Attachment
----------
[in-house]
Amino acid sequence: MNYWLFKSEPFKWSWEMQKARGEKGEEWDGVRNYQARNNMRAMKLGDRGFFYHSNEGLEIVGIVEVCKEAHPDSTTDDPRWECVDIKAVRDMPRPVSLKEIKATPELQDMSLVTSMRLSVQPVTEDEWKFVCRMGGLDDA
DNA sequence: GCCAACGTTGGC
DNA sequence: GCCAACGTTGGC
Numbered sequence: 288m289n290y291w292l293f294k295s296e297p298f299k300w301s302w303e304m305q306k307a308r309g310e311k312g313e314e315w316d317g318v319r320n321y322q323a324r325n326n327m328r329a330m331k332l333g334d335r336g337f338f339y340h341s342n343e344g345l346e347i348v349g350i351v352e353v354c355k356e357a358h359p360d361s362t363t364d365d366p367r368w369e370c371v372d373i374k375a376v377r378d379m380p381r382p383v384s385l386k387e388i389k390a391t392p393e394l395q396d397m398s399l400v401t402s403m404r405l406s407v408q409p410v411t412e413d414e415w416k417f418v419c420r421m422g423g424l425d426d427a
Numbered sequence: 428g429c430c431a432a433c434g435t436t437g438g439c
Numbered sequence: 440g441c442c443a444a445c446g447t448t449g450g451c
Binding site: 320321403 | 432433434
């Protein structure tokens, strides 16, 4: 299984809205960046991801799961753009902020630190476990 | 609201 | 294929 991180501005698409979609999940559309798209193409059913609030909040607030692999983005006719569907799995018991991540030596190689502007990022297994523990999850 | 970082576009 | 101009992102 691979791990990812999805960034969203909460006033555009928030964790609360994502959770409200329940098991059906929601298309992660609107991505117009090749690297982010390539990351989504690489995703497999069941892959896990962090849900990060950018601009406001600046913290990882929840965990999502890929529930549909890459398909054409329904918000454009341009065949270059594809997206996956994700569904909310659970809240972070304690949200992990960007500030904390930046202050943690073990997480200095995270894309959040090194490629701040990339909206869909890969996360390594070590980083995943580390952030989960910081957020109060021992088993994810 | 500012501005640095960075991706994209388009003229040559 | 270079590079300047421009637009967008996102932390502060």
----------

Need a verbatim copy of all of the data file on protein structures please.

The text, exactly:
[in-house]
Amino acid sequence: MNYWLFKSEPFKWSWEMQKARGEKGEEWDGVRNYQARNNMRAMKLGDRGFFYHSNEGLEIVGIVEVCKEAHPDSTTDDPRWECVDIKAVRDMPRPVSLKEIKATPELQDMSLVTSMRLSVQPVTEDEWKFVCRMGGLDDA
DNA sequence: GCCAACGTTGGC
DNA sequence: GCCAACGTTGGC
Numbered sequence: 288m289n290y291w292l293f294k295s296e297p298f299k300w301s302w303e304m305q306k307a308r309g310e311k312g313e314e315w316d317g318v319r320n321y322q323a324r325n326n327m328r329a330m331k332l333g334d335r336g337f338f339y340h341s342n343e344g345l346e347i348v349g350i351v352e353v354c355k356e357a358h359p360d361s362t363t364d365d366p367r368w369e370c371v372d373i374k375a376v377r378d379m380p381r382p383v384s385l386k387e388i389k390a391t392p393e394l395q396d397m398s399l400v401t402s403m404r405l406s407v408q409p410v411t412e413d414e415w416k417f418v419c420r421m422g423g424l425d426d427a
Numbered sequence: 428g429c430c431a432a433c434g435t436t437g438g439c
Numbered sequence: 440g441c442c443a444a445c446g447t448t449g450g451c
Binding site: 320321403 | 432433434
């Protein structure tokens, strides 16, 4: 299984809205960046991801799961753009902020630190476990 | 609201 | 294929 991180501005698409979609999940559309798209193409059913609030909040607030692999983005006719569907799995018991991540030596190689502007990022297994523990999850 | 970082576009 | 101009992102 691979791990990812999805960034969203909460006033555009928030964790609360994502959770409200329940098991059906929601298309992660609107991505117009090749690297982010390539990351989504690489995703497999069941892959896990962090849900990060950018601009406001600046913290990882929840965990999502890929529930549909890459398909054409329904918000454009341009065949270059594809997206996956994700569904909310659970809240972070304690949200992990960007500030904390930046202050943690073990997480200095995270894309959040090194490629701040990339909206869909890969996360390594070590980083995943580390952030989960910081957020109060021992088993994810 | 500012501005640095960075991706994209388009003229040559 | 270079590079300047421009637009967008996102932390502060």